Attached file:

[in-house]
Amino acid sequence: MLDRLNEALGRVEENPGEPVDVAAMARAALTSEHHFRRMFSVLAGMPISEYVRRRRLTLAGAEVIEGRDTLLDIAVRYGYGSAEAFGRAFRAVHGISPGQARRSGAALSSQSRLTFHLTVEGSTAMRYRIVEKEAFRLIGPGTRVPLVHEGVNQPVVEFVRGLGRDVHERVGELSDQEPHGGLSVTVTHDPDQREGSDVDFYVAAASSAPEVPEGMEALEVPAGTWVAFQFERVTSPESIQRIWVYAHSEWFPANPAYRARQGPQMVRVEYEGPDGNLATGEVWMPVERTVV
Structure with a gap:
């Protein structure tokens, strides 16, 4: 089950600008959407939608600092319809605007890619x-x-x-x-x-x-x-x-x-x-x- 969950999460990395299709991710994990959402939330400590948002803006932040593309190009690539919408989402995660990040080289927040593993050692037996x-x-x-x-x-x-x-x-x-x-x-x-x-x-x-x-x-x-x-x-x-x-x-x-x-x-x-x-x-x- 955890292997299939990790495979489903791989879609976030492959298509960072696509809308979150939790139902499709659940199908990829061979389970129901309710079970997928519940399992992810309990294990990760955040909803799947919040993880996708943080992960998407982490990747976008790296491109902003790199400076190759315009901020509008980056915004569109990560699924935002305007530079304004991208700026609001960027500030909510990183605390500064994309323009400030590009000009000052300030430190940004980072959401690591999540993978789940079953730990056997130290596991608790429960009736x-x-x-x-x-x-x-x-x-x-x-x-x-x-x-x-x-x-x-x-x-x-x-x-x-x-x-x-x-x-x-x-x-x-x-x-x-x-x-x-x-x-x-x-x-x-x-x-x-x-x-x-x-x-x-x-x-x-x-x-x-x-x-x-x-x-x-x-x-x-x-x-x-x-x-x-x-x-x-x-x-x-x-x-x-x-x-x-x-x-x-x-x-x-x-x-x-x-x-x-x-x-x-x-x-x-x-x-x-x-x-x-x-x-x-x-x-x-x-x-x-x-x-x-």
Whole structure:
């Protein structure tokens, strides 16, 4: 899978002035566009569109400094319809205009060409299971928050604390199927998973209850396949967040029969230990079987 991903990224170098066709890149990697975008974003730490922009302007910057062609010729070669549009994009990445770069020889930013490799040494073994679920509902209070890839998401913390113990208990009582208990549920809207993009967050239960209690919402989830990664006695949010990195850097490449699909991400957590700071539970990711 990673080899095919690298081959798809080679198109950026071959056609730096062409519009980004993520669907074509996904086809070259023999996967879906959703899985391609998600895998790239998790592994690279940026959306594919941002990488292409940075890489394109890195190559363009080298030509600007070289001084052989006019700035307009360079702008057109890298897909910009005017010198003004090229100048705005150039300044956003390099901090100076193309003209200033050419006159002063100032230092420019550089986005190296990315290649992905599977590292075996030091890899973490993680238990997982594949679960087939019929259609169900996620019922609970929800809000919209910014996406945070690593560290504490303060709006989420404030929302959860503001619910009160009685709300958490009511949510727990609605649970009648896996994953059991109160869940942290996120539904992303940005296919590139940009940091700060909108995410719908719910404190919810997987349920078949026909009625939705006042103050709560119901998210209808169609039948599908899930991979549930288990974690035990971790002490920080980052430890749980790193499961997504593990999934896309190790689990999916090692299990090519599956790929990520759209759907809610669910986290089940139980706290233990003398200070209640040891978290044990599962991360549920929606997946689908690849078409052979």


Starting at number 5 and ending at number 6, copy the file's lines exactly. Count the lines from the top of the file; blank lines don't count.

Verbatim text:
Whole structure:
């Protein structure tokens, strides 16, 4: 899978002035566009569109400094319809205009060409299971928050604390199927998973209850396949967040029969230990079987 991903990224170098066709890149990697975008974003730490922009302007910057062609010729070669549009994009990445770069020889930013490799040494073994679920509902209070890839998401913390113990208990009582208990549920809207993009967050239960209690919402989830990664006695949010990195850097490449699909991400957590700071539970990711 990673080899095919690298081959798809080679198109950026071959056609730096062409519009980004993520669907074509996904086809070259023999996967879906959703899985391609998600895998790239998790592994690279940026959306594919941002990488292409940075890489394109890195190559363009080298030509600007070289001084052989006019700035307009360079702008057109890298897909910009005017010198003004090229100048705005150039300044956003390099901090100076193309003209200033050419006159002063100032230092420019550089986005190296990315290649992905599977590292075996030091890899973490993680238990997982594949679960087939019929259609169900996620019922609970929800809000919209910014996406945070690593560290504490303060709006989420404030929302959860503001619910009160009685709300958490009511949510727990609605649970009648896996994953059991109160869940942290996120539904992303940005296919590139940009940091700060909108995410719908719910404190919810997987349920078949026909009625939705006042103050709560119901998210209808169609039948599908899930991979549930288990974690035990971790002490920080980052430890749980790193499961997504593990999934896309190790689990999916090692299990090519599956790929990520759209759907809610669910986290089940139980706290233990003398200070209640040891978290044990599962991360549920929606997946689908690849078409052979």